|Pathological left-handedness revisited: origins and later life health outcorigins outcomes
Pathological left-handedness revisited: origins and later life health outcorigins outcomes / Made Klaci Ramadhani - [S.l.] : [s.n.], 2006 - Tekst. - Proefschrift Universiteit Utrecht
Trefwoorden: lateralization, laterality, asymmetry, handedness, left-handedness, pathological left-handedness, health, diseases, mortality, origins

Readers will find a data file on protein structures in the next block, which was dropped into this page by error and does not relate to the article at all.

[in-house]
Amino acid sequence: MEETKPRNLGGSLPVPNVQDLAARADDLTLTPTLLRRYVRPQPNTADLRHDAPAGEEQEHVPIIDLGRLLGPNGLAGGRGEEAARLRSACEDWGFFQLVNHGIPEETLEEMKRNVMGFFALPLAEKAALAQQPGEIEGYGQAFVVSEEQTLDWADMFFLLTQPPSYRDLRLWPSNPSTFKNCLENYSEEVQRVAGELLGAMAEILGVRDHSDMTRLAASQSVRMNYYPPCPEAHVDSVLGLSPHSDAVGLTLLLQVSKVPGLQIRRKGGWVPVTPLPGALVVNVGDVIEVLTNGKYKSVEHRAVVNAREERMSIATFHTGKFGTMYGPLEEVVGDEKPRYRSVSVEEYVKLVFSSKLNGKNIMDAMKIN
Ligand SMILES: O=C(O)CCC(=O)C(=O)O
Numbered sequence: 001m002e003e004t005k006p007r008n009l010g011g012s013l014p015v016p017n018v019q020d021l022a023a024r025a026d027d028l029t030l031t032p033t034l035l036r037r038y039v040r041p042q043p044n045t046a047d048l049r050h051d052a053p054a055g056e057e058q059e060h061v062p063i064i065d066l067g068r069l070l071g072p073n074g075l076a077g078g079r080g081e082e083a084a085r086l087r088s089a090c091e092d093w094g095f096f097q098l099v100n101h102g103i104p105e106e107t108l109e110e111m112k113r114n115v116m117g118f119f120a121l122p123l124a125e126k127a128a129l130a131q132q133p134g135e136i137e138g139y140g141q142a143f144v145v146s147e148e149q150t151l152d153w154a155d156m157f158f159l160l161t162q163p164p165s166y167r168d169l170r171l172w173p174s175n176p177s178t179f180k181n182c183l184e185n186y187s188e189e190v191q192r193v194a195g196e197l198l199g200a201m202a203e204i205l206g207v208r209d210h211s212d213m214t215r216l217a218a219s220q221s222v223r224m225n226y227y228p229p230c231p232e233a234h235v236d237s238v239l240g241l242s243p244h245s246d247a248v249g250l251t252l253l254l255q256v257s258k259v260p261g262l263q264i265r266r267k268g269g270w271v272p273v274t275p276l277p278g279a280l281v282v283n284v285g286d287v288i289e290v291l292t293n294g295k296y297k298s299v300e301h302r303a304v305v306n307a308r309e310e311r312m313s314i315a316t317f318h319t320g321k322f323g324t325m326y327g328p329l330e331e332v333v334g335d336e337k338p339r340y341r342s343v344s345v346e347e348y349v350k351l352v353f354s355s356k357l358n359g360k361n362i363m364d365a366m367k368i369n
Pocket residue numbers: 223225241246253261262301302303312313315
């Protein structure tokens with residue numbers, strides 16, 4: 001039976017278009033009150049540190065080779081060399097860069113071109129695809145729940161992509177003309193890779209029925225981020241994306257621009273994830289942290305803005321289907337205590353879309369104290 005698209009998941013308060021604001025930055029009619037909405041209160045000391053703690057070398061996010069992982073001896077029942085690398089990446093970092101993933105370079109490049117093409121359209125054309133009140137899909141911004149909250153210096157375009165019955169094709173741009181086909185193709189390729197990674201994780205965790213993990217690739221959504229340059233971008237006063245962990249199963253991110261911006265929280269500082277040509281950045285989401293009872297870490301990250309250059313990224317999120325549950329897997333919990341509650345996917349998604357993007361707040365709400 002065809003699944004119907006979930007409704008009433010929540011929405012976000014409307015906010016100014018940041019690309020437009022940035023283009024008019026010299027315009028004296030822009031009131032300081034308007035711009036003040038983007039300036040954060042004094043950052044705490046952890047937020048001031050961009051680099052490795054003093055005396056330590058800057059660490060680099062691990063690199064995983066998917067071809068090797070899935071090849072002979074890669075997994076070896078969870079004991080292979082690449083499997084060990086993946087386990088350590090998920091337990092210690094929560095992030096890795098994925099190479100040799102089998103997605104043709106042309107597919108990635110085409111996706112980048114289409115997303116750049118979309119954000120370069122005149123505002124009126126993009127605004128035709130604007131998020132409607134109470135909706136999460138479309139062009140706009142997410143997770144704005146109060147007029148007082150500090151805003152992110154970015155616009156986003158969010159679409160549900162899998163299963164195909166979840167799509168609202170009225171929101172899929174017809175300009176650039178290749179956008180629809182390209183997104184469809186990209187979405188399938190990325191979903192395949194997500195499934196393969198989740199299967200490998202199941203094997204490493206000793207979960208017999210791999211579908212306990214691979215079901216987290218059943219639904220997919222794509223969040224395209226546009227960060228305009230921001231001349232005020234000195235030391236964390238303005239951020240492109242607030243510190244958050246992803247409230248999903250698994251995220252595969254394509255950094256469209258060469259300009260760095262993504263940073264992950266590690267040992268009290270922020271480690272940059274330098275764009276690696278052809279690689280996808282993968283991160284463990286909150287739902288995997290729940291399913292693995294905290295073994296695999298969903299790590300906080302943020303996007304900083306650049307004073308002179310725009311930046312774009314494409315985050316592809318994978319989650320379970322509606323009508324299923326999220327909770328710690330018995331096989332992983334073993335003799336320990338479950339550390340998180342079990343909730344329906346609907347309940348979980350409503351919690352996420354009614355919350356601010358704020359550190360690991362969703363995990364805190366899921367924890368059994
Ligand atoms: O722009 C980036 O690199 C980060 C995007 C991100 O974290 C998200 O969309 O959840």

Investigations to explore human handedness have been conducted for ages. It is still uncertain what causes people to use the left or the right hand. Clues supporting the genetic origin of handedness have been accumulating and provide the best evidence. Nevertheless, in some populations there are added proportions of left-handedness that do not seem to be explained solely by genes. The term pathological left-handedness has emerged around 30 years ago, referring to some right-handers who became left-handed due to an early life brain insult. In this thesis an attempt is made to revisit pathological left-handedness, exploring some of its origins and possible later life health outcomes. Studies on origins of left-handedness were conducted in populations which are at higher risks of having early life brain damage, such as prematurely born children and survivors of childhood meningitis. Studies on possible outcomes associated with left-handedness were done in healthy populations of adults at risk for specific health consequences. Indicators of early life brain damage seemed to be related to a higher risk of becoming left-handed. Furthermore, being left-handed seemed to increase the risk of getting premenopausal breast cancer, psychological and physical distress, and mortality, especially due to cancer and cerebrovascular diseases. Studying handedness, which is only one aspect of overall laterality, is a complex process. The results of the studies in this thesis should be an inspiration for further research into the concept of pathological left-handedness.